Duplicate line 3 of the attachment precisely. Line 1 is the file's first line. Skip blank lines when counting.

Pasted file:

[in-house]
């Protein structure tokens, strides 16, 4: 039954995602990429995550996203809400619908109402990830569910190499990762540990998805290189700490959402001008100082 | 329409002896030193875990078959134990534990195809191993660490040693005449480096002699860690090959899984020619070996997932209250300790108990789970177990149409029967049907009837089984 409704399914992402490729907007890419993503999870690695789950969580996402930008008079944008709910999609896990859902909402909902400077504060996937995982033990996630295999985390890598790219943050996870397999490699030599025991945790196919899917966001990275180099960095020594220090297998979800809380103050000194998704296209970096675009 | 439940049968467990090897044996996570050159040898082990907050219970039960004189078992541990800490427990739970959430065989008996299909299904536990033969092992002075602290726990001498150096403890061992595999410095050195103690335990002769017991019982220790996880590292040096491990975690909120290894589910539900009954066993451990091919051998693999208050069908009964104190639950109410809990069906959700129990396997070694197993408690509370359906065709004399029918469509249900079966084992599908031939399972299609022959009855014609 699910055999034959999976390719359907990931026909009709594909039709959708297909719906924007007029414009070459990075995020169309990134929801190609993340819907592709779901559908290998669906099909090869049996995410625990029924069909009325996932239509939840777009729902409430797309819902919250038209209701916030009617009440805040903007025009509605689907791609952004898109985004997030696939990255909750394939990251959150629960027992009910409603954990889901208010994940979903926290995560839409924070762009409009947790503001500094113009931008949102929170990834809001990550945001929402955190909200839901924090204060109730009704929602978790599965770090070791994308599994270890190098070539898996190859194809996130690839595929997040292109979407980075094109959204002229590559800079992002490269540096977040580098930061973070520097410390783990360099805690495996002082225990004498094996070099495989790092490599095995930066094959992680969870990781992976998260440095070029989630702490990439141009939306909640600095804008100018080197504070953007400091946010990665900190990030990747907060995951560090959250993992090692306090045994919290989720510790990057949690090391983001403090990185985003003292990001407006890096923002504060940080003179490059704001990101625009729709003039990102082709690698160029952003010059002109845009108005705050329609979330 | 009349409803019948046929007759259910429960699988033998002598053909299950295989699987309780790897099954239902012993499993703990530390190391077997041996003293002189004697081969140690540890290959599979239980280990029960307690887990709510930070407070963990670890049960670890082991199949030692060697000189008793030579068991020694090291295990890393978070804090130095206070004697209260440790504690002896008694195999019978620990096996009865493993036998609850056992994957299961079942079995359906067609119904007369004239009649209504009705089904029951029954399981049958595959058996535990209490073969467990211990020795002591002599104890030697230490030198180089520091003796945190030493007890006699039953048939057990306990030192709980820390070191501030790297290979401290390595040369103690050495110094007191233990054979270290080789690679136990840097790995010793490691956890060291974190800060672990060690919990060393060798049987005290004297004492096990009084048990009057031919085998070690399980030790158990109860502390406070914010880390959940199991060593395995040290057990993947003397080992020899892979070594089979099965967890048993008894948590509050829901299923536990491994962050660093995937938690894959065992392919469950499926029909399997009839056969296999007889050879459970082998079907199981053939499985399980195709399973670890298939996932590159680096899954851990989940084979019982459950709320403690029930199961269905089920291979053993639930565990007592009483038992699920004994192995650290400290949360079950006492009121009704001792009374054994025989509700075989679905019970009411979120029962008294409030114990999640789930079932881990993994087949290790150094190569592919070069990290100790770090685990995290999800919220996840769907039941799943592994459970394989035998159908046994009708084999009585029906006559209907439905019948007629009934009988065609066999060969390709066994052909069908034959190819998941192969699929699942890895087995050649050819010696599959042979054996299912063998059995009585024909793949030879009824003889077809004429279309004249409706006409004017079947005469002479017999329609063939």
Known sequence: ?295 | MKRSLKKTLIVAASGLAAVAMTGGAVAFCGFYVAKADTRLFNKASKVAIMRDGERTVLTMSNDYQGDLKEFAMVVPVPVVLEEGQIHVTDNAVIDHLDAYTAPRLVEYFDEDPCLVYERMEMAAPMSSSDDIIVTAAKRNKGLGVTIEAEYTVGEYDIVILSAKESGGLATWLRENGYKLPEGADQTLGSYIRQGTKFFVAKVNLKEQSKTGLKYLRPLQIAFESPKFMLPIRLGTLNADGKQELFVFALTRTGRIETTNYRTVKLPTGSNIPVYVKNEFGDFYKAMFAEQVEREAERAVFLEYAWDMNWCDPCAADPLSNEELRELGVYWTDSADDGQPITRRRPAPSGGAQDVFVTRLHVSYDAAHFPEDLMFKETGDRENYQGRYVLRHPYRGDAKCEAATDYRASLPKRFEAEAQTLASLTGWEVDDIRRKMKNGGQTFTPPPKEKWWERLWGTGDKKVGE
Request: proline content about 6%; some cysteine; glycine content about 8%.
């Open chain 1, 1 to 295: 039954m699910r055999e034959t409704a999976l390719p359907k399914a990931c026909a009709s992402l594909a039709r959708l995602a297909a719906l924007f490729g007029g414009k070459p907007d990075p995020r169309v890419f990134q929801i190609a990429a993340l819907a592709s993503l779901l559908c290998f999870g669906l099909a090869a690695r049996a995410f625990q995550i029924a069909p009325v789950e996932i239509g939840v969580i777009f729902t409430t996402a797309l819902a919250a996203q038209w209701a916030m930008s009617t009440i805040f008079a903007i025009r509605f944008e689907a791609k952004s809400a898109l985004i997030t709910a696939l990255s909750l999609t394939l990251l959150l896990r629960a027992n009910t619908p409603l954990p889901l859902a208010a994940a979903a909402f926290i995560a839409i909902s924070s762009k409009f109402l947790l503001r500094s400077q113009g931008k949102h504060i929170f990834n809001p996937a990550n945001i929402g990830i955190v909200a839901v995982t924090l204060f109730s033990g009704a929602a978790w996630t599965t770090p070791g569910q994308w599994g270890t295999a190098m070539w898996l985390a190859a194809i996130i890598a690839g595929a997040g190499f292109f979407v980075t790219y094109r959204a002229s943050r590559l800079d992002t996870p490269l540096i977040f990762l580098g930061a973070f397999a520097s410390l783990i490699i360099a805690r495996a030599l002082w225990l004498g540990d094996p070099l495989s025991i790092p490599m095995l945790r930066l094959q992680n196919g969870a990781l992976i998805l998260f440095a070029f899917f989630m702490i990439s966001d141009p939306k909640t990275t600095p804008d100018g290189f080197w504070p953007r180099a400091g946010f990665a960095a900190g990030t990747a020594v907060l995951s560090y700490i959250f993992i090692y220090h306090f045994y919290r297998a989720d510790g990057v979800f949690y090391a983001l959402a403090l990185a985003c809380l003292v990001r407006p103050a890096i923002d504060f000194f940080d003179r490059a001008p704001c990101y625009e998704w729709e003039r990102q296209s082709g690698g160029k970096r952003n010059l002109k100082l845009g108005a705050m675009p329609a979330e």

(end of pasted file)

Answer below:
Known sequence: ?295 | MKRSLKKTLIVAASGLAAVAMTGGAVAFCGFYVAKADTRLFNKASKVAIMRDGERTVLTMSNDYQGDLKEFAMVVPVPVVLEEGQIHVTDNAVIDHLDAYTAPRLVEYFDEDPCLVYERMEMAAPMSSSDDIIVTAAKRNKGLGVTIEAEYTVGEYDIVILSAKESGGLATWLRENGYKLPEGADQTLGSYIRQGTKFFVAKVNLKEQSKTGLKYLRPLQIAFESPKFMLPIRLGTLNADGKQELFVFALTRTGRIETTNYRTVKLPTGSNIPVYVKNEFGDFYKAMFAEQVEREAERAVFLEYAWDMNWCDPCAADPLSNEELRELGVYWTDSADDGQPITRRRPAPSGGAQDVFVTRLHVSYDAAHFPEDLMFKETGDRENYQGRYVLRHPYRGDAKCEAATDYRASLPKRFEAEAQTLASLTGWEVDDIRRKMKNGGQTFTPPPKEKWWERLWGTGDKKVGE